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Grow! by Paul Martin

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Helping buyers in a recession

"It's really hard to get a buyer's attention anymore." "Buyers seems to study things a lot longer than they used to." "My buyers are purchasing--but not buying from me as often." I've heard a lot of concerns like this from the sales teams I coach. Then I caught Scott Albro, CEO of Tippit--a technology sales research firm, on a webinar "Buyer Behavior in a Recession". (I like to check out the technology sales world since they seem to have a lot more sales research available and the principles really work well for commercial and non-commercial radio.) The webinar is worth the 30 minutes. Tippit research shows buyers have changed during the recession--and these changes appear to be permament, so we better get used to the new reality of working with prospects and customers. Here are a few things they discovered and some of the implications I can see for radio sales: Scarcity of Attention It is harder than ever to get a prospect's attention. They're harder to get on the phone. They're harder to get to return ...

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Social Conflict

How can up really be down? The Up Part: Nielsen Online says that social networks and member communities grew their reach to exceed e-mail. Social networks score an active reach of 66.8% while e-mail expanded its reach to 65.1%. Social networking saw Time Spent Viewing increase dramatically in the past year. Sounds like member networks are the social thing to do. The Down Part: But take a look at the marketing impact of these media. IDC found that 43% of social network users never clicked on ads, and only 11% of those who did actually purchased anything. Those who don't use social networks clicked on ads at least once per year and 23% bought something. So Econsultancy and R.O.EYE (my vote for current favorite business name) found e-mail marketing to be very cost-effective for customer acquisition. Very cost-effective Quite cost-effective Not cost-effective E-mail marketing 51% 3 ...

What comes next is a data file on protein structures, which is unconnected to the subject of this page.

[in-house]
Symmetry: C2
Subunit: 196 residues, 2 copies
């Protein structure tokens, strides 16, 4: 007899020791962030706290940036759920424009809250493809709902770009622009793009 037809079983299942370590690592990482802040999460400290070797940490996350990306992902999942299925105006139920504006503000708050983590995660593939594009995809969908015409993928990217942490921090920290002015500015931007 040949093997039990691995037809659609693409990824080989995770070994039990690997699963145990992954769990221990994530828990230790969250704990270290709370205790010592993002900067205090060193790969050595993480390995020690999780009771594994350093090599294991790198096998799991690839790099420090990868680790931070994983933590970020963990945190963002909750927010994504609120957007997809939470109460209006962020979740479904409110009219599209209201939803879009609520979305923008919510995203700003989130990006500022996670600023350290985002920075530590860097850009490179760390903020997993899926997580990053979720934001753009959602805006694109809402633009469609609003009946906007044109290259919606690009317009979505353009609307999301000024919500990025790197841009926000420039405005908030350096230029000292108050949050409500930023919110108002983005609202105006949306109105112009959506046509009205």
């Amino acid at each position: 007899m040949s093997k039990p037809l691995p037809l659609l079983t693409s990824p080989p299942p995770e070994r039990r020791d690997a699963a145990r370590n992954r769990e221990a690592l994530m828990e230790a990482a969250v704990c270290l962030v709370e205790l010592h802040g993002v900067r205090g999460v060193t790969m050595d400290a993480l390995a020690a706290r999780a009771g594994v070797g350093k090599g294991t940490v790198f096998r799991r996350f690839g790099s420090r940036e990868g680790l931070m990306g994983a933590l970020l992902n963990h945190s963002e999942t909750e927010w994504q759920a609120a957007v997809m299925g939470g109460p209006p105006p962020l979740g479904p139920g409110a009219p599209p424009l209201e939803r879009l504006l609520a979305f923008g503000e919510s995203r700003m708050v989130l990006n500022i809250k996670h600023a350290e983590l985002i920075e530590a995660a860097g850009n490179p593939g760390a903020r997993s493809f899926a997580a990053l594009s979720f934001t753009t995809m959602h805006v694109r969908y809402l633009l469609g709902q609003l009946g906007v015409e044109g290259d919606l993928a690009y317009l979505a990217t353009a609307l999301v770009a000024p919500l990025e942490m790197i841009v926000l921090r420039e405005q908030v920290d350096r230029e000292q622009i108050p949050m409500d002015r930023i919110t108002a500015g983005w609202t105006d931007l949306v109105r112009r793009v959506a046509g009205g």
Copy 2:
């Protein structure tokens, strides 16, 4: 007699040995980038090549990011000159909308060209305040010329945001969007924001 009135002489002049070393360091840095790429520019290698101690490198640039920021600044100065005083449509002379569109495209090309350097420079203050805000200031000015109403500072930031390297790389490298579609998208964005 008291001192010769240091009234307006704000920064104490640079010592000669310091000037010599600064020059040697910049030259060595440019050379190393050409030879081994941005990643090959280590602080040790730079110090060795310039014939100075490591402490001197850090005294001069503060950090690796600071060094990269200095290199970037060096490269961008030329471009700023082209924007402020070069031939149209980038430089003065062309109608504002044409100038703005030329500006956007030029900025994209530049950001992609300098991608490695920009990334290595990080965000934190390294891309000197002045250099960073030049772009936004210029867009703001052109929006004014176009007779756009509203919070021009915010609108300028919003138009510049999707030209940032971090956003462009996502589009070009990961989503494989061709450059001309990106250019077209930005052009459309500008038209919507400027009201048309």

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Donor-funded radio and its listeners

So what is the effect of technology on radio listening to Christian formatted radio stations? Jacobs Media recently released the Public Radio Technology Survey 2008 for its formats AAA, AAA/News, Classical, Classical/News, Jazz/News and News. The survey showed that more of the public radio audience listens to radio daily (88%) than views TV daily (74% than reads an online or print newspaper daily (75%). What of these key findings from the survey resemble Christian formatted radio? Public Radio listeners are very committed to….Public Radio. Television takes more of a backseat as a daily medium for entertainment and information. Internet use is somewhat generational, but hi-speed access is nearly ubiquitous. Public Radio listeners are tuned into the news, as three-fourths (75%) say they read a daily newspaper – print or online. Satellite radio plays a role in the overall media usage spectrum, but is far from a mass appeal outlet. Only one in ten (12%) currently sub ...

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What happens when the spots come on - The impact of commercials on the radio audience